Hospitals & Facilities

Hospital security can be high tech, but it doesn’t have to be

Some health systems are relying on a tried-and-true method to deter violence: K-9s.
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· 4 min read

For years, health systems have relied on cameras, security guards, and alarms to deter violence and ensure patient and staff safety. The rise in mass shootings and violence against healthcare workers across the US, however, has forced hospitals to reconsider their security strategies.

Many facilities have upped police and security presence on campus or installed metal detectors and swipe-access barriers in emergency departments (EDs) in recent years. Health system executives are increasingly incorporating safety and security features into building designs (or redesigns)—be it new technology or something as simple as adding calming features, like windows.

Some hospitals are even turning to a safety and security strategy that’s been used for centuries, and one that many people deploy in their own homes: dogs. More specifically, these dogs are K-9s that, along with their handlers, can detect weapons, deter violence, and de-escalate dangerous incidents.

Going to the dogs

“We have this amazing solution,” Michael Larkin, VP of commercial sales for Global K9 Protection Group (GK9PG), the company behind the Paws+ Hospital Safety Program, told Healthcare Brew. “It already exists.”

That “technology,” a detection dog’s ability to sniff out threats, could become more commonplace in hospitals across the US—at least, if Larkin’s Paws+ has anything to do about it.

Paws+ provides participating healthcare facilities with trained explosives and firearms-detection dogs that (along with their handlers) keep patients, staff, and visitors safe by identifying weapons and de-escalating potentially violent situations by barking—something that can throw off or scare aggressors. Larkin added that the dogs can serve as a visual deterrent to bad actors, as well as a comforting sight for patients and staff.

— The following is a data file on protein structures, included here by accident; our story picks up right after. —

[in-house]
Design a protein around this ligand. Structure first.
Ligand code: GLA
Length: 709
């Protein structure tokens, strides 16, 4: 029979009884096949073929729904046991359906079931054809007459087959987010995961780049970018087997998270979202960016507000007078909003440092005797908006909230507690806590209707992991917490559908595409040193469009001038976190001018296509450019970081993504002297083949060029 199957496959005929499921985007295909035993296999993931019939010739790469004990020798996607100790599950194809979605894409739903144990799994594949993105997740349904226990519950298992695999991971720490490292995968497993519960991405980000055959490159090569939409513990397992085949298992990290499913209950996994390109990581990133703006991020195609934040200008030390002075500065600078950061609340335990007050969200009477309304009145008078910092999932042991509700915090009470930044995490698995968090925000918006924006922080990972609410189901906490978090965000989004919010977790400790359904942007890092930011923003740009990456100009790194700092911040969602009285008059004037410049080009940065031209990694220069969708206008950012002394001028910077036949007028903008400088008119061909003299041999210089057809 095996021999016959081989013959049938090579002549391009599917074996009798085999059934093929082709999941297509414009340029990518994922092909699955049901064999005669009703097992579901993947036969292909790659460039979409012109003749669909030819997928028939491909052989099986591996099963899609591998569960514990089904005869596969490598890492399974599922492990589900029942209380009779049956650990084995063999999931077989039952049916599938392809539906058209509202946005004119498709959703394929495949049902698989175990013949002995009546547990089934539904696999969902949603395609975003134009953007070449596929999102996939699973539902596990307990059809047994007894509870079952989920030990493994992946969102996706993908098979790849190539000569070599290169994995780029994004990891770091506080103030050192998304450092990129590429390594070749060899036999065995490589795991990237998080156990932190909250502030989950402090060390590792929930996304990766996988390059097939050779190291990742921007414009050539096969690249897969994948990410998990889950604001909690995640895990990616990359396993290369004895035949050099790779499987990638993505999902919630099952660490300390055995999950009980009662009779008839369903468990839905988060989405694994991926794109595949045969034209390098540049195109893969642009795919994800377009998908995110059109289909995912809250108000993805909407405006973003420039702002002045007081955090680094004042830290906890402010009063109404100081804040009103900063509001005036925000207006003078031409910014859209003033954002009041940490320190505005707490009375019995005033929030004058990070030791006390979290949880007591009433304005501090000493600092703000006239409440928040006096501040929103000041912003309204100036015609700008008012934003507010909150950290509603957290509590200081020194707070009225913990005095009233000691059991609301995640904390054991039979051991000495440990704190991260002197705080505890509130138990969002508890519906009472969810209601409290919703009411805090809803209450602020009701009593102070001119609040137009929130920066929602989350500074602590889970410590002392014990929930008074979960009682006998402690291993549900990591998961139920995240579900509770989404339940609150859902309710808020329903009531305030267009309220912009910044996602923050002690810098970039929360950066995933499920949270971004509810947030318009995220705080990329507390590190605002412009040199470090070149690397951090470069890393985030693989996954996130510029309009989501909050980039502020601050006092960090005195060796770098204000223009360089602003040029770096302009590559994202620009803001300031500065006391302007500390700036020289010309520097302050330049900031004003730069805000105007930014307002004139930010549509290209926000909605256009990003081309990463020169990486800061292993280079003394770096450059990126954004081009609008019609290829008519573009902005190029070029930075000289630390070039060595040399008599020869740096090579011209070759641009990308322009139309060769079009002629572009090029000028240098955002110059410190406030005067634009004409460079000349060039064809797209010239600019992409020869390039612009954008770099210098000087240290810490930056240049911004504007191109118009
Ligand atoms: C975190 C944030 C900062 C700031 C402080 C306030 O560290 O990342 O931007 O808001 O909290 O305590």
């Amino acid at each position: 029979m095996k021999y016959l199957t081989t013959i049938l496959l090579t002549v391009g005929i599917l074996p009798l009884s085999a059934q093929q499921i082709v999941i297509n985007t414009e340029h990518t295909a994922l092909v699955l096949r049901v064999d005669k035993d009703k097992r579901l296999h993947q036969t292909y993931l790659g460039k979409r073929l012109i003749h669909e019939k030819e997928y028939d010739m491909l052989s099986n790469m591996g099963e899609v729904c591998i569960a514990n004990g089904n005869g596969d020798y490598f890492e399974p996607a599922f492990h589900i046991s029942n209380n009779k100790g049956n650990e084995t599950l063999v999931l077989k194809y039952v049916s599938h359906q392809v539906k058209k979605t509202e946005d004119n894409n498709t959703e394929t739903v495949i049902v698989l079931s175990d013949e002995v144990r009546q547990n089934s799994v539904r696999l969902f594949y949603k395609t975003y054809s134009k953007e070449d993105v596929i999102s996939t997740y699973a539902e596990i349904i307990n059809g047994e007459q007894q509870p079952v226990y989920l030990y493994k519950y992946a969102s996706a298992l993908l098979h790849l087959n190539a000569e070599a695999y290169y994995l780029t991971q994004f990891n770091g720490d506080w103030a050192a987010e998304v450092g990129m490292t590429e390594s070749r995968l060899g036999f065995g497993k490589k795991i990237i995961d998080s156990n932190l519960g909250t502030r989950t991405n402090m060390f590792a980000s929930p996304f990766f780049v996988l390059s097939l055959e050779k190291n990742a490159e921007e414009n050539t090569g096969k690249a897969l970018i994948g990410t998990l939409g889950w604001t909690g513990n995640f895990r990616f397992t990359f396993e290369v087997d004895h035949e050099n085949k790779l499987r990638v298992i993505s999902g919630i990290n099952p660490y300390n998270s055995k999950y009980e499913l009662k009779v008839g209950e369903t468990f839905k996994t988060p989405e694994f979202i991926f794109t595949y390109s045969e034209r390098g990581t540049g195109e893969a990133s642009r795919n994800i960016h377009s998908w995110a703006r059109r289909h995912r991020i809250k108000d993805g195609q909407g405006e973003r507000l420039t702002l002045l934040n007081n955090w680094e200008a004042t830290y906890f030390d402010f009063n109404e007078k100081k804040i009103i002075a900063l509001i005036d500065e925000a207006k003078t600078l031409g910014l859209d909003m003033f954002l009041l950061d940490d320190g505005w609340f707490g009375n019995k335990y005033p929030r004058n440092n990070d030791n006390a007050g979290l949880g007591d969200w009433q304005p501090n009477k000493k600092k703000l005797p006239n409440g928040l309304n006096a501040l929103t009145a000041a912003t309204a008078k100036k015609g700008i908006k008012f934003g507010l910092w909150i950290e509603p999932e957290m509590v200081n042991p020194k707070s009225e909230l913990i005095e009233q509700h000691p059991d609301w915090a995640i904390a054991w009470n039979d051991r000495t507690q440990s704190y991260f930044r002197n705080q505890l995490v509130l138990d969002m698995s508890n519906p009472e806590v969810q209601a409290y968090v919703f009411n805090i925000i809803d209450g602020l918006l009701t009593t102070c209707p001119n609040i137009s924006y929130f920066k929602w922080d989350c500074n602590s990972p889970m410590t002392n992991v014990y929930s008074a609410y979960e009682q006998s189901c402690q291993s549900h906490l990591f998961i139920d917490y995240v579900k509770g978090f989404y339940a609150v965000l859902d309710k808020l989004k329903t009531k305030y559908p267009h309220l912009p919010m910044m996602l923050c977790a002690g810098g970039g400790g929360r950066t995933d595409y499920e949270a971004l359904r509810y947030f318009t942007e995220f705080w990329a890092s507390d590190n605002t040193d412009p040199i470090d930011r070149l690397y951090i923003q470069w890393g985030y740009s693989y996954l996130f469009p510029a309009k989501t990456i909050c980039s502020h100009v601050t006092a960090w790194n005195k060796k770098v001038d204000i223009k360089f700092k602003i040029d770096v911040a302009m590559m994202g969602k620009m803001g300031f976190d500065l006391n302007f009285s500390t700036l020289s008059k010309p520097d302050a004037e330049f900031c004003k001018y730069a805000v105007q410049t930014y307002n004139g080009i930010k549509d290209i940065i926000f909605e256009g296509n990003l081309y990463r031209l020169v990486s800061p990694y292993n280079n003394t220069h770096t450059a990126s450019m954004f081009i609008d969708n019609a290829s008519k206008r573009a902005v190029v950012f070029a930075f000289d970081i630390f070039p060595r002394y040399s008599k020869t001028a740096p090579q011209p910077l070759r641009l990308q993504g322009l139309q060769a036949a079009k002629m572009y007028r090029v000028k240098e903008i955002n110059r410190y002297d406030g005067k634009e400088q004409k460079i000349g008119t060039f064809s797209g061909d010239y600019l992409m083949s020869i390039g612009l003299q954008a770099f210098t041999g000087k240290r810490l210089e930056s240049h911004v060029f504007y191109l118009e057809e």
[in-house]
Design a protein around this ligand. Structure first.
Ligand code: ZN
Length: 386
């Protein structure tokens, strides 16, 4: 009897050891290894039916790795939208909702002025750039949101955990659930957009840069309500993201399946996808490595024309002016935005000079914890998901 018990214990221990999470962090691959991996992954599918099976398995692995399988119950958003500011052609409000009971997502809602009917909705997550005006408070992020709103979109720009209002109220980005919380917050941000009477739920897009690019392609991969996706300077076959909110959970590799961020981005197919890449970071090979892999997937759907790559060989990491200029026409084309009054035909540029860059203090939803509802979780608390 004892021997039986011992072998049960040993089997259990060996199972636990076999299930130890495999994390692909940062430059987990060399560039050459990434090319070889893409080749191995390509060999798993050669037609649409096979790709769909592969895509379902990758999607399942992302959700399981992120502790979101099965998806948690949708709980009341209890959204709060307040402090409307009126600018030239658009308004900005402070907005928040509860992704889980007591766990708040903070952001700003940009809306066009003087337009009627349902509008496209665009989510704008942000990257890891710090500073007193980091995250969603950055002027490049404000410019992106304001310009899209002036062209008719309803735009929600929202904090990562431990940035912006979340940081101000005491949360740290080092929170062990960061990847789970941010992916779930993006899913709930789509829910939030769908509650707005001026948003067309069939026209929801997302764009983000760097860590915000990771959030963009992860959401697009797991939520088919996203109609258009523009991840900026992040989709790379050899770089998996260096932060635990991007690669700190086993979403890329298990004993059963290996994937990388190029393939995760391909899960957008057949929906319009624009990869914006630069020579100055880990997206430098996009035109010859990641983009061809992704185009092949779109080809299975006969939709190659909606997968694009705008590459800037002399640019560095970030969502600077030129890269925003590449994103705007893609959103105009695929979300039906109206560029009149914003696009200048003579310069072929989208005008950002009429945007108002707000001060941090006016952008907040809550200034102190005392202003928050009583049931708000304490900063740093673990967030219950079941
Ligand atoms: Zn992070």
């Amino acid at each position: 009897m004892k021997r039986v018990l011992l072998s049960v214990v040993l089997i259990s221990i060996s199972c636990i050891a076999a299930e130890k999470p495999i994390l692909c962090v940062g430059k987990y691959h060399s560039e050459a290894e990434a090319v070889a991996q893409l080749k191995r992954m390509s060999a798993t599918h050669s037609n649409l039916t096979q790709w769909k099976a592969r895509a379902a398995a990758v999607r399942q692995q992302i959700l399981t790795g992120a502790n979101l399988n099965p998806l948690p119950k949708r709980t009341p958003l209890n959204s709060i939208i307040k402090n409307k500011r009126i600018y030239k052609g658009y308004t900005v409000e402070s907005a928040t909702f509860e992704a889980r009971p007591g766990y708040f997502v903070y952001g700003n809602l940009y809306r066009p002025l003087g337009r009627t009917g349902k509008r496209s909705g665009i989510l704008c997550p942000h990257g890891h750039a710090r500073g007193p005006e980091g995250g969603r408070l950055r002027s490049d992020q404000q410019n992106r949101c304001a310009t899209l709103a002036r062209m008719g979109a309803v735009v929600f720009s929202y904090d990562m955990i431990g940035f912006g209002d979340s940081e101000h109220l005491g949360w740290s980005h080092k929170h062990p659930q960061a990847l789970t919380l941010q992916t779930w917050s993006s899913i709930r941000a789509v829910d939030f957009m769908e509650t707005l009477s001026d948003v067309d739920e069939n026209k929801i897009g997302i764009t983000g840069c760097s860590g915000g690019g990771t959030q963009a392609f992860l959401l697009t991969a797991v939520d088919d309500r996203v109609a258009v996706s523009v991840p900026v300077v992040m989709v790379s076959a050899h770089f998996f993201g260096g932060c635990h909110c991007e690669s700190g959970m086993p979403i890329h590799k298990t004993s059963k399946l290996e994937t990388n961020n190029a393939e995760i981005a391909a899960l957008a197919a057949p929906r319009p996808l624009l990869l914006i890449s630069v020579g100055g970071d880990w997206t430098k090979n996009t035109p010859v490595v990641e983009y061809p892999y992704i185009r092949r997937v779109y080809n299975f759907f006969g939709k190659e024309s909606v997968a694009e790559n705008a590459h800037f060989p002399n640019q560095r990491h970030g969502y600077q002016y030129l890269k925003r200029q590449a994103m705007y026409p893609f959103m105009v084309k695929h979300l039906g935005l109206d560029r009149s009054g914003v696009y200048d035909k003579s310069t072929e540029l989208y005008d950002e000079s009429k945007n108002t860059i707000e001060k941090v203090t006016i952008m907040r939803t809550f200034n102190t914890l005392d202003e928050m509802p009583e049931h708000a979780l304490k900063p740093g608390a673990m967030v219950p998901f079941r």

“[Dogs] have two experiences for people: positive or negative. In the right setting, they can really have a big impact on people’s feeling of safety and security,” he said.

The program has helped at least one hospital reduce emergency room violence after just a few short months, Larkin said. UnityPoint Health in Peoria, Illinois, he said, went from an average of 13 violent incidents in January—one month before the system introduced detection dogs as part of a pilot program—to zero in May.

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Larkin said GK9PG is now working with additional health systems interested in adopting the Paws+ model, which can be customized to meet specific needs.

Other approaches

Aside from K-9 detection strategies, health system leaders are also looking at how they can better design spaces to improve safety without stoking anxiety among patients and visitors.

Trinity Health President and CEO Michael Slubowski offered that while adding metal detectors to an ED can make some patients feel safer, it can discourage others.

“The whole premise for healthcare is that we’re places of healing and health […] supporting communities,” he told Healthcare Brew in May. “You don’t want to send mixed signals about barriers to health and to wholeness by doing this stuff. You have to find the right balance.”

To mitigate the “perception that [someone isn’t] welcome here,” CannonDesign has started to take a layered approach to security in which the first layer is the hardest to bypass, said Abbie Clary, the architecture firm’s global health practice codirector.

“How do you make the steps of security happen so security isn’t first—it’s not the front door? Also how do you eliminate what it looks like?” she said.

Mike Pukszta, codirector of CannonDesign’s global health practice, said that solutions could be as simple as adding more windows or access to natural spaces at a facility—things that some studies have linked to decreased violence.

“We can actually be proactive and create an environment that doesn’t have characteristics that are going to increase aggressive behavior or those tendencies,” he told Healthcare Brew.

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Healthcare Brew covers pharmaceutical developments, health startups, the latest tech, and how it impacts hospitals and providers to keep administrators and providers informed.